Local non-profits work to keep up with growing demand
SPOKANE COUNTY, Wash. — Even though Spokane County is taking the steps to re-open businesses, the demand for help to pay bills and buy food isn’t slowing down.
At the start of the pandemic, some thought the lack of employment would be short-term. Now, local organizations are doing everything they can to make sure there’s enough food and help for people who need it this summer.
Local food banks and non-profit organizations are continuing to provide for a demand from the community that doesn’t look to be slowing down anytime soon.
“We’ve delivered over 75,000 meals in our community. We know that we need to keep on going, and make sure that our neighbors in need have food security through the summer,” said Representative Marcus Riccelli, founder of Spokane Food Fighters.
“Our average weekly distribution over the last four weeks, from about 500,000 pounds a week to over a million,” said Drew Meuer, chief of staff at Second Harvest.
The demand from groups like Second Harvest and Spokane Food Fighters has only grown since the beginning of the pandemic.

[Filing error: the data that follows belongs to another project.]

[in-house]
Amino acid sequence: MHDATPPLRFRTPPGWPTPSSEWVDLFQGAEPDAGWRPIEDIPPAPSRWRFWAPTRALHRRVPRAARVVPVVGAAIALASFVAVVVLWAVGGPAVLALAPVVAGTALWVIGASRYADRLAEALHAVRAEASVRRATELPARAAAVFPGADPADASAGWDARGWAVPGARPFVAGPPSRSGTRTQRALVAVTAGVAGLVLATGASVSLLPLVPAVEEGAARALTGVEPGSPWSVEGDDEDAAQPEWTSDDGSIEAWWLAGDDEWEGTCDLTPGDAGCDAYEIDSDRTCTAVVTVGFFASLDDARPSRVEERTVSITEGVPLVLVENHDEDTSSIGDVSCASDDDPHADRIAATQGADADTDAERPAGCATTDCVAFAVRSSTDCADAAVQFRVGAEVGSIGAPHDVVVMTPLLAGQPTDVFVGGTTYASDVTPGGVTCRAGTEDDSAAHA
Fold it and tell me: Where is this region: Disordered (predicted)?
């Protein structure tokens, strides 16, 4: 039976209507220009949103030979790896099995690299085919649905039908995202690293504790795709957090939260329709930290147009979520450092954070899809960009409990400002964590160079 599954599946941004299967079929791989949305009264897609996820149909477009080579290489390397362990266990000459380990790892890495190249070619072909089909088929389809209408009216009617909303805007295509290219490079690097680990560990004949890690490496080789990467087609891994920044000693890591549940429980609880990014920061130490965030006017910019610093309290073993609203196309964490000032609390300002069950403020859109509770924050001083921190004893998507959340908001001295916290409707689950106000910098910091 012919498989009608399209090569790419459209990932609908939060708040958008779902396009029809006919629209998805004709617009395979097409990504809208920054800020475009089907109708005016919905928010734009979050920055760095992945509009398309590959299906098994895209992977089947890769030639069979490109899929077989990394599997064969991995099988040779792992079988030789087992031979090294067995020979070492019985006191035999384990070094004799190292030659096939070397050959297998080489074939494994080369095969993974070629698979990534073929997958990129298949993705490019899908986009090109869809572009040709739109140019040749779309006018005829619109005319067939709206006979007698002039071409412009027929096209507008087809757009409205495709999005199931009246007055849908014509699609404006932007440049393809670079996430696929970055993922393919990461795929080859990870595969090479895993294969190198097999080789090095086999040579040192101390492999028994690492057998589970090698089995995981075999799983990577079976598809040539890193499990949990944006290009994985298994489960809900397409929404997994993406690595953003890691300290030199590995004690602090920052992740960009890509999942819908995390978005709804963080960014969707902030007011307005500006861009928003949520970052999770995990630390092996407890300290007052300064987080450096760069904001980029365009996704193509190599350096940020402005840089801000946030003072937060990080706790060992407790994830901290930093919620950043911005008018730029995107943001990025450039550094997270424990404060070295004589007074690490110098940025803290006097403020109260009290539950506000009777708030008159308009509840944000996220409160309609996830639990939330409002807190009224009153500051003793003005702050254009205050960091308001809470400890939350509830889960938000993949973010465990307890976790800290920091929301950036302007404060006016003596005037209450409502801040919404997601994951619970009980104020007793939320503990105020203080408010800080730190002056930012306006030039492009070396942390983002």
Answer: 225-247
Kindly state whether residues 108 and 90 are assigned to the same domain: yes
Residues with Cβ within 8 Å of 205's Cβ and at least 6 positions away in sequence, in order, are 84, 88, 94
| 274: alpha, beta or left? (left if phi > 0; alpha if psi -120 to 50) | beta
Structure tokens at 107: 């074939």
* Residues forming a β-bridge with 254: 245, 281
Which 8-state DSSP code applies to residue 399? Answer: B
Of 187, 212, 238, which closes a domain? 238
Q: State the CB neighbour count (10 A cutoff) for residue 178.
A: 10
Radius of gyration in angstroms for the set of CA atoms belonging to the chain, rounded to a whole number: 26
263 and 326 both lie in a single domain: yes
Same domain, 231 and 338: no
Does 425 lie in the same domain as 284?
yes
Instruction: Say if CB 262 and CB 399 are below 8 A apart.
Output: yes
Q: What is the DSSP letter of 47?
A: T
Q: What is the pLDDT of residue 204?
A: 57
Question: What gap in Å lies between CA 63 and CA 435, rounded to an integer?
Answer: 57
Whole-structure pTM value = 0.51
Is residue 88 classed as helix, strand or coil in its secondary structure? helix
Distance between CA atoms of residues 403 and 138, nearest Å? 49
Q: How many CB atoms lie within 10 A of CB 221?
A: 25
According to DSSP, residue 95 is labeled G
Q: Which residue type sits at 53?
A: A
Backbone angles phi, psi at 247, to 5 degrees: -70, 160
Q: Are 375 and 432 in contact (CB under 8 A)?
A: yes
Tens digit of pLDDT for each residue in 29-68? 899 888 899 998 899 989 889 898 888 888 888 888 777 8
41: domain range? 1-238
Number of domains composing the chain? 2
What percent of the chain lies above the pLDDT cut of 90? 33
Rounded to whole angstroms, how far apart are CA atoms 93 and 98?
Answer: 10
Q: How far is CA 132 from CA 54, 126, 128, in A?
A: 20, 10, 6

“We’re preparing for a new wave of really vulnerable folks to access services,” Meuer said.
People need help, and they’re more than happy to provide.
“We’ve seen pretty consistent upticks in people using our produce boxes, our food boxes, our household hot meal delivery,” Representative Riccelli said.
But they’re working to make sure they have the resources to continue helping people.
Groups, like Spokane Food Fighters, set out to help as many people as they could at the beginning of this pandemic. Their hope was that, there would come a point where the community wouldn’t need them.
We’re not there yet, so they keep working around the clock to keep up with demand.
SNAP Spokane is also working to keep up with the amount of people asking them for help.
“I think all of us didn’t expect this to go as long as it has. They may have budgeted for one month of a certain way, and now they’re realizing that the future is unforeseen,” said Nicole Bishop, SNAP Spokane.
SNAP Spokane said, now they’re dealing with more people unable to work because they have Coronavirus.
“More people calling. Saying, hey I’ve tested positive. Now I’m worried about what my family is going to do because I can’t work. We are all in quarantine,” Bishop said.
Snap wants to remind people, the pandemic is taking a toll on everyone.
If you need help, don’t hesitate to reach out.
“For me, it’s heartbreaking. I see people who are clearly living out some challenging times, who will send messages, trying to justify and explain why they need help. The reality is, everyone needs help. We are here to help everybody,” Bishop said.
Organizations, including Spokane Food Fighters, are starting to lose volunteers who are going back to work or simply need a break.
They said they have a great momentum right now and they hope to keep it going.
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